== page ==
To rerun the simulation with the GUI, type sim-ncg nand2.sv A Console and Design Browser window will pop up.


In the browser, click on the + symbol beside the testbench to expand, then click on dut. The three signals, a, b, and y, will appear in the pane to the right. Select all three, then right-click and choose Send to Waveform Window.


In the Waveform Window, choose Simulation • Run. You’ll see the waveforms of your simulation; inspect them to ensure they are correct. The 0 errors message should also appear in the console.


If you needed to change something in your code or testbench or test vectors, or wanted to add other signals, do so and then Simulation • Reinvoke Simulator to recompile everything and bring you back to the start.


Then choose Run again. Make a habit of looking at the messages in the console window and learning what is normal.


Warnings and errors should be taken seriously; they usually indicate real problems that will catch you later if you don’t fix them.


1. Schematic Simulation


Next, you will verify your schematic by generating a Verilog deck and pasting it into the RTL Verilog file.


While viewing your schematic, click on Tools • Simulation • NCVerilog to open a window for the Verilog environment. Note the run directory (e.g. nand2_run1), and press the button in the upper left to initialize the design.


Then press the next button to generate a netlist. Look in the icfb window for errors and correct them if necessary.


You should see that the pmos, nmos, and nand2 cells were all netlisted. In your Linux terminal window, cd into the directory that was created. You’ll find quite a few files.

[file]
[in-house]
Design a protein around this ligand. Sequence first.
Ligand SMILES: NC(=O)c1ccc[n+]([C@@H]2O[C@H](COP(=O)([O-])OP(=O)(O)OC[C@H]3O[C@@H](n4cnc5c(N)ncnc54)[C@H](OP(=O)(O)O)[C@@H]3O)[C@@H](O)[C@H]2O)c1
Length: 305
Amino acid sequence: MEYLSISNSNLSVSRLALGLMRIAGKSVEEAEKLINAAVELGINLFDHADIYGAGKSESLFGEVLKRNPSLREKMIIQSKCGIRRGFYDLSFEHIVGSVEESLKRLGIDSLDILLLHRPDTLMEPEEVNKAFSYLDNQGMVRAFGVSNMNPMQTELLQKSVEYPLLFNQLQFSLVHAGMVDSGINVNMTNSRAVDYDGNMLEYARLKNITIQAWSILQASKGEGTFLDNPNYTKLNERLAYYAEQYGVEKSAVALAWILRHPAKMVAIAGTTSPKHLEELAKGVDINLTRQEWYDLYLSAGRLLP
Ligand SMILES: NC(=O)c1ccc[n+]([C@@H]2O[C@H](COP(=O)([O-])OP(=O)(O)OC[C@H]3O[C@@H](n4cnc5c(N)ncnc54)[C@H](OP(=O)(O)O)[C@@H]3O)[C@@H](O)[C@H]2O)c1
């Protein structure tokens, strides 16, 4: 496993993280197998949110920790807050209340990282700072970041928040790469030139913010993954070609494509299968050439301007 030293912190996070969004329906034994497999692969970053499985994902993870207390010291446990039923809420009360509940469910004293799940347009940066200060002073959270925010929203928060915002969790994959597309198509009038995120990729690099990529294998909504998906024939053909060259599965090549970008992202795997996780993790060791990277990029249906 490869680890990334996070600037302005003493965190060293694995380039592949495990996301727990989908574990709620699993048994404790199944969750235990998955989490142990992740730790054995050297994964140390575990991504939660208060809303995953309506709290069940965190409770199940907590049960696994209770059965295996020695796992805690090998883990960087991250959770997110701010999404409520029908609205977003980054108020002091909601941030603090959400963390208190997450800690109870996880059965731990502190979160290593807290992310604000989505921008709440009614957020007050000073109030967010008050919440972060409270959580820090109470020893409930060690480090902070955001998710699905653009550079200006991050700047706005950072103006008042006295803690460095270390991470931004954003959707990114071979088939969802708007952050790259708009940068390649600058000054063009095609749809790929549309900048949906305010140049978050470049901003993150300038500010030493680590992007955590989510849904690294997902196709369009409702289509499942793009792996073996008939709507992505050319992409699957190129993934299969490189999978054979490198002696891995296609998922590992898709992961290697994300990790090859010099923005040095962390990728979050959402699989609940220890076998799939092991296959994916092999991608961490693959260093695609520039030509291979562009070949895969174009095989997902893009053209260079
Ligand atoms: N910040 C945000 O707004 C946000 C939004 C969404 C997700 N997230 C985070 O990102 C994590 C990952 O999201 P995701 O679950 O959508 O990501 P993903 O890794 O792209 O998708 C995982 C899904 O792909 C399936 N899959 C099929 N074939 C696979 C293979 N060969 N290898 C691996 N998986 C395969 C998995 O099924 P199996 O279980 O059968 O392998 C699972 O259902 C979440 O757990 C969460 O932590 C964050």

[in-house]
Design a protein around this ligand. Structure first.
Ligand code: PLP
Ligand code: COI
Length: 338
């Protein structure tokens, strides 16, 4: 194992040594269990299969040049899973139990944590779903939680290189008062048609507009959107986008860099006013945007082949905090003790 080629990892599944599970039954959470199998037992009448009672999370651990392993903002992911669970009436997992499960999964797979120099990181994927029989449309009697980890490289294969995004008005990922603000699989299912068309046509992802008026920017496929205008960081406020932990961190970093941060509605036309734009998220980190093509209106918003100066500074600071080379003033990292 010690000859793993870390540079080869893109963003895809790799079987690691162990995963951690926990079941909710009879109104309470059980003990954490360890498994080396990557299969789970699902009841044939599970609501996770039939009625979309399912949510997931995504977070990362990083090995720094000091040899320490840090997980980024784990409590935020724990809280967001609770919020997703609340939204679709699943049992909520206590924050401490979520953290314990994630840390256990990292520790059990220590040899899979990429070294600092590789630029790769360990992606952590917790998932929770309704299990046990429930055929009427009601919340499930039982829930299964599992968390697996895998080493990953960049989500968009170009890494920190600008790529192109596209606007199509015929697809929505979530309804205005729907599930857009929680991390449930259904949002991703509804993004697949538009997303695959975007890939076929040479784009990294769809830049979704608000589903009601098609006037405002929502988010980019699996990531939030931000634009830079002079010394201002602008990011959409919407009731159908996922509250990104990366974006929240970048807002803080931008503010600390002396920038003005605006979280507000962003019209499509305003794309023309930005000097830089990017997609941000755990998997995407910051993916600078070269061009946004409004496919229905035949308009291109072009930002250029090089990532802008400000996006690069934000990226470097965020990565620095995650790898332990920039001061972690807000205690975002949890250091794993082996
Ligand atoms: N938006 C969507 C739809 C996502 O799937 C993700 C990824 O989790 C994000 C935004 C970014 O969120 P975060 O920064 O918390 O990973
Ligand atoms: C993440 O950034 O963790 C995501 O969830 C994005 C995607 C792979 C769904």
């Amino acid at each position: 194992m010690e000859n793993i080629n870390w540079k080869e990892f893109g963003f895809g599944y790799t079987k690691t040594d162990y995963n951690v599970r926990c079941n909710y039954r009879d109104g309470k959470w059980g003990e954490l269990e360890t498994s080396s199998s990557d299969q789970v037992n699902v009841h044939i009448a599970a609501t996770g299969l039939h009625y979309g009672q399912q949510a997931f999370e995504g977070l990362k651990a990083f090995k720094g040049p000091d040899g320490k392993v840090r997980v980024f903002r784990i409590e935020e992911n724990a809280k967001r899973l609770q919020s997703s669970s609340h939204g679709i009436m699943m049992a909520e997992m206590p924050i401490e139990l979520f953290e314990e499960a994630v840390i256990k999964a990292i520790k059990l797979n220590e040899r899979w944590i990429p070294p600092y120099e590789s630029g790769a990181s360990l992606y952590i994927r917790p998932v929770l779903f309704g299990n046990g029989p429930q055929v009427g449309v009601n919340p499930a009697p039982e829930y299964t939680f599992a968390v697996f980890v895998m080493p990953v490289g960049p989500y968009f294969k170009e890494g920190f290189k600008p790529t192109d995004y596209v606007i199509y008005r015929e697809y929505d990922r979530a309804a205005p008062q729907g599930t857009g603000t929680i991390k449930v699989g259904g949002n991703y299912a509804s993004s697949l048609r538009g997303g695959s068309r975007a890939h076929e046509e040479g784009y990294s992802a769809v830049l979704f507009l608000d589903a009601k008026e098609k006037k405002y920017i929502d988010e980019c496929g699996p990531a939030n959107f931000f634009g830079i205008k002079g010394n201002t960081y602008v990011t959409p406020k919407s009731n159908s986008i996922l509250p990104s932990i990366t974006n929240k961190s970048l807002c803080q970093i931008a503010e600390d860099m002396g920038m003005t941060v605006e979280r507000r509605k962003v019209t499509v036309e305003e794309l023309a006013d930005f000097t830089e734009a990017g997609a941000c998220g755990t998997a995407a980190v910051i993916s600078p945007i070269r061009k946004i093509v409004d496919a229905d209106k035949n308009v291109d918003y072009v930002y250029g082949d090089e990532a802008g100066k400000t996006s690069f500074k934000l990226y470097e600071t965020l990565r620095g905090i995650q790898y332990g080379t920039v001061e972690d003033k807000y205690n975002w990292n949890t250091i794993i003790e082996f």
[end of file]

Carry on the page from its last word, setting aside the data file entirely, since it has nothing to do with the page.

The most important are verilog.inpfiles, testfixture.template, and testfixture.verilog. Each cell is netlisted into a different directory under ihnl. verilog.inpfiles states where they are.


Take a look at the netlist and other files. testfixture.template is the top level module that instantiates the device under test and invokes the testfixture.verilog.


Copy your from your nand2sim directory to your nand2_run1 directory using a command such as

cp ../nand2sim/testfixture.verilog .cp ../nand2sim/nand2.tv .


Back in the Virtuoso Verilog Environment window, you may wish to choose Setup • Record Signals.


Click on the “All” button to record signals at all levels of the hierarchy. (This isn’t important for the nand with only one level of hierarchy, but will be helpful later.)


Then  choose Setup • Simulation. Change the Simulation Log File to indicate simout.tmp


–sv. This will print the results in simout.tmp.


The –sv flag indicates that the simulator should accept SystemVerilog syntax used in the testfixture.verilog. Set the Simulator mode to “Batch” and click on the Simulate button.


You should get a message that the batch simulation succeeded.This doesn’t mean that it is correct, merely that it run.


In the terminal window, view the simout.tmp file. It will give some statistics about the compilation, then should indicate that the 4 tests were completed with 0 errors.


If the simulation fails, the simout.tmp file will have clues about the problems. Change the simulator mode to Interactive to rerun with the GUI.

Be patient; the GUI takes several seconds to start and gives no sign of life until then. Add the waveforms again and run the simulation.


You may need to zoom to fit all the waves. For some reason, SimVision doesn’t print the $display message about the simulation succeeding with no errors.


You will have to read the simout.tmp file at the command line to verify that the test vectors passed. If you find any logic errors, correct the schematic and resimulate.